Biological Removal of Dibenzothiophene from Soil and Changes to soil Sulfate by White-Rot Fungus Phanerochaete chrysosporium

Document Type: Original Research Papers

Authors

1 Biotech Lab, Department of soil science, university of Tehran, Iran

2 Biotech Lab, Department of Soil Science, University College of Agriculture and Natural Resources, University of Tehran, Tehran, Iran

Abstract

This study investigated biodegradation of dibenzothiophene (DBT) in marsh soil spiked by
white-rot fungus Phanerochaete chrysosporium. Soil samples were spiked with 100 ppm DBT
and incubated at 30°C in a dark chamber for 30 days. Samples were evaluated for pH, Mnperoxidase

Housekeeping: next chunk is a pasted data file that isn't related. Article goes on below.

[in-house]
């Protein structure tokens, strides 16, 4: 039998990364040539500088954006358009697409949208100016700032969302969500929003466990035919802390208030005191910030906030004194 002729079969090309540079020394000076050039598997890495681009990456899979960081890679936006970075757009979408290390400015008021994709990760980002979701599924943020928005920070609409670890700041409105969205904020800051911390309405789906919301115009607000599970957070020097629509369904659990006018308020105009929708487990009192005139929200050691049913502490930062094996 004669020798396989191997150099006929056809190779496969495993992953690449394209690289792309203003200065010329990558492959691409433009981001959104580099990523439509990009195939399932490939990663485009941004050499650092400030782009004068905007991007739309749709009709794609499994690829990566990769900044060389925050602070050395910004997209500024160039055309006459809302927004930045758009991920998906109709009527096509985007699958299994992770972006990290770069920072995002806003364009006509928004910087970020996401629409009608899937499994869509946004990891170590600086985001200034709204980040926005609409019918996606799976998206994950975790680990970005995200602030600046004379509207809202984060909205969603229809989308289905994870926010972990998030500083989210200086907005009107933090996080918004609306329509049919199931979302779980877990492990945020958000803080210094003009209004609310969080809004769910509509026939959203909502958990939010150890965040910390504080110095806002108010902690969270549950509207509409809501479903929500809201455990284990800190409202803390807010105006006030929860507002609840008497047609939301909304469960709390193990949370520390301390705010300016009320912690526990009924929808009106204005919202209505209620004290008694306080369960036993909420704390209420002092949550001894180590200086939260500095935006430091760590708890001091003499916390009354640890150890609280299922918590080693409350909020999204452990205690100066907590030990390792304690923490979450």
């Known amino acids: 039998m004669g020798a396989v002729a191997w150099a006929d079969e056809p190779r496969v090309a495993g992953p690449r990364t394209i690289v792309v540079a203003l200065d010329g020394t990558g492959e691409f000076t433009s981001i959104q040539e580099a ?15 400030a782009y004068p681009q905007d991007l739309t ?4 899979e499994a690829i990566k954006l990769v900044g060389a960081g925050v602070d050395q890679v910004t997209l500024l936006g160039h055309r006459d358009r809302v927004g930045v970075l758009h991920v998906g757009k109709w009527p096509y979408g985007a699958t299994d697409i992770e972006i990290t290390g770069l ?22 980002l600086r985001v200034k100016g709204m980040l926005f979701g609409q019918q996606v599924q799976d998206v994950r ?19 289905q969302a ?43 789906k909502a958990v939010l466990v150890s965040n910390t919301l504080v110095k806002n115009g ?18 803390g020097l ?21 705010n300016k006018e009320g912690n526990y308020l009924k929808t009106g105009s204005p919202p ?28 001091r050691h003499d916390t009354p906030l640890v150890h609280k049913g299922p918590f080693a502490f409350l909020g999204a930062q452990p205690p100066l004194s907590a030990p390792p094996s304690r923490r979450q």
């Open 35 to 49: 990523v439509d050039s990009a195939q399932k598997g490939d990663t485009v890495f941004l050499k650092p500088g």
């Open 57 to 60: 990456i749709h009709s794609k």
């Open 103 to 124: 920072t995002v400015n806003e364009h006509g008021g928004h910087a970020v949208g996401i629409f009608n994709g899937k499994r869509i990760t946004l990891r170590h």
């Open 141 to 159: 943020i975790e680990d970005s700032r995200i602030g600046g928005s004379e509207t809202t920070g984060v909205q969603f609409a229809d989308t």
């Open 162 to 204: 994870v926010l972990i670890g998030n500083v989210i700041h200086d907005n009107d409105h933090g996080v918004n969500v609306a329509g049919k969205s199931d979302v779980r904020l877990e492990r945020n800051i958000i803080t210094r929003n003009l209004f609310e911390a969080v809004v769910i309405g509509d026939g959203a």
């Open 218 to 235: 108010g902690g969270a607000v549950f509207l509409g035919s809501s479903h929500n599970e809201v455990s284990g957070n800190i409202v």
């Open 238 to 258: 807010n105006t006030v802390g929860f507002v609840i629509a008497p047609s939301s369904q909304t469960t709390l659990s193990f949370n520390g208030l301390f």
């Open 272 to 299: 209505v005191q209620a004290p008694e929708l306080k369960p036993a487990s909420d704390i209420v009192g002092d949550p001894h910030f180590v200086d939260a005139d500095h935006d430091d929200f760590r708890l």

activity, sulfate ion concentration and growth during the tests. Results showed
maximum levels of pH, Mn-peroxidase and sulfate concentrations at 8.19, 66 U L-1 and 31.21
mg kg-1 respectively. Colony forming unit assay determinations for contaminated soil samples
showed that the fungus was able to grow and use dibenzothiophene as a source of carbon and
energy. GC analysis of contaminated samples compared to control samples, demonstrated
degradation of DBT by Phanerochaete chrysosporium. There was no significantly improved
effect on degradation when the treatment was performed in presence of soil micro flora. The
system attained a high rate of DBT degradation at approximately 83.34%, the 30 day test
operation under optimal conditions. After 20 days, the sulfate ion concentration in soil samples
had almost doubled.

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